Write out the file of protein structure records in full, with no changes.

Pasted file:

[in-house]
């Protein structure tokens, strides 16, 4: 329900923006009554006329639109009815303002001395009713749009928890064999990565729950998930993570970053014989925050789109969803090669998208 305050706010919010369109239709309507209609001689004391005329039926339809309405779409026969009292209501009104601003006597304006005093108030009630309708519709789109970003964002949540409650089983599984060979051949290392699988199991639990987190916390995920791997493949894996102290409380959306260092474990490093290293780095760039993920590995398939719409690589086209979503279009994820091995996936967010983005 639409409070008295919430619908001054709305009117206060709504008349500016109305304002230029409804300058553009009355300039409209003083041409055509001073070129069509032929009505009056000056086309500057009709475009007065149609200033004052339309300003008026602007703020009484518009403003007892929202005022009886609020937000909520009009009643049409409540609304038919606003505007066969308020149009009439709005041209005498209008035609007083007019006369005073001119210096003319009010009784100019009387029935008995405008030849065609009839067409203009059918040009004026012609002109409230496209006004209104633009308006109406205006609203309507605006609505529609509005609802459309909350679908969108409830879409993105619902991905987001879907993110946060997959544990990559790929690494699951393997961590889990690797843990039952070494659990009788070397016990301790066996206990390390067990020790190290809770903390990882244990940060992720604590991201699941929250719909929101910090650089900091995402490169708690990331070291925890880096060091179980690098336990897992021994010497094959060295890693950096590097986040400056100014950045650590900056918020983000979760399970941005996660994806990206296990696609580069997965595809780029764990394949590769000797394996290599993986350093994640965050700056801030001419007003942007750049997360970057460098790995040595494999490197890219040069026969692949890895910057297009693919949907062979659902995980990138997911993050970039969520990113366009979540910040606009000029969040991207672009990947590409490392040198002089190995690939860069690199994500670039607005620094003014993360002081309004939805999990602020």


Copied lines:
[in-house]
């Protein structure tokens, strides 16, 4: 329900923006009554006329639109009815303002001395009713749009928890064999990565729950998930993570970053014989925050789109969803090669998208 305050706010919010369109239709309507209609001689004391005329039926339809309405779409026969009292209501009104601003006597304006005093108030009630309708519709789109970003964002949540409650089983599984060979051949290392699988199991639990987190916390995920791997493949894996102290409380959306260092474990490093290293780095760039993920590995398939719409690589086209979503279009994820091995996936967010983005 639409409070008295919430619908001054709305009117206060709504008349500016109305304002230029409804300058553009009355300039409209003083041409055509001073070129069509032929009505009056000056086309500057009709475009007065149609200033004052339309300003008026602007703020009484518009403003007892929202005022009886609020937000909520009009009643049409409540609304038919606003505007066969308020149009009439709005041209005498209008035609007083007019006369005073001119210096003319009010009784100019009387029935008995405008030849065609009839067409203009059918040009004026012609002109409230496209006004209104633009308006109406205006609203309507605006609505529609509005609802459309909350679908969108409830879409993105619902991905987001879907993110946060997959544990990559790929690494699951393997961590889990690797843990039952070494659990009788070397016990301790066996206990390390067990020790190290809770903390990882244990940060992720604590991201699941929250719909929101910090650089900091995402490169708690990331070291925890880096060091179980690098336990897992021994010497094959060295890693950096590097986040400056100014950045650590900056918020983000979760399970941005996660994806990206296990696609580069997965595809780029764990394949590769000797394996290599993986350093994640965050700056801030001419007003942007750049997360970057460098790995040595494999490197890219040069026969692949890895910057297009693919949907062979659902995980990138997911993050970039969520990113366009979540910040606009000029969040991207672009990947590409490392040198002089190995690939860069690199994500670039607005620094003014993360002081309004939805999990602020």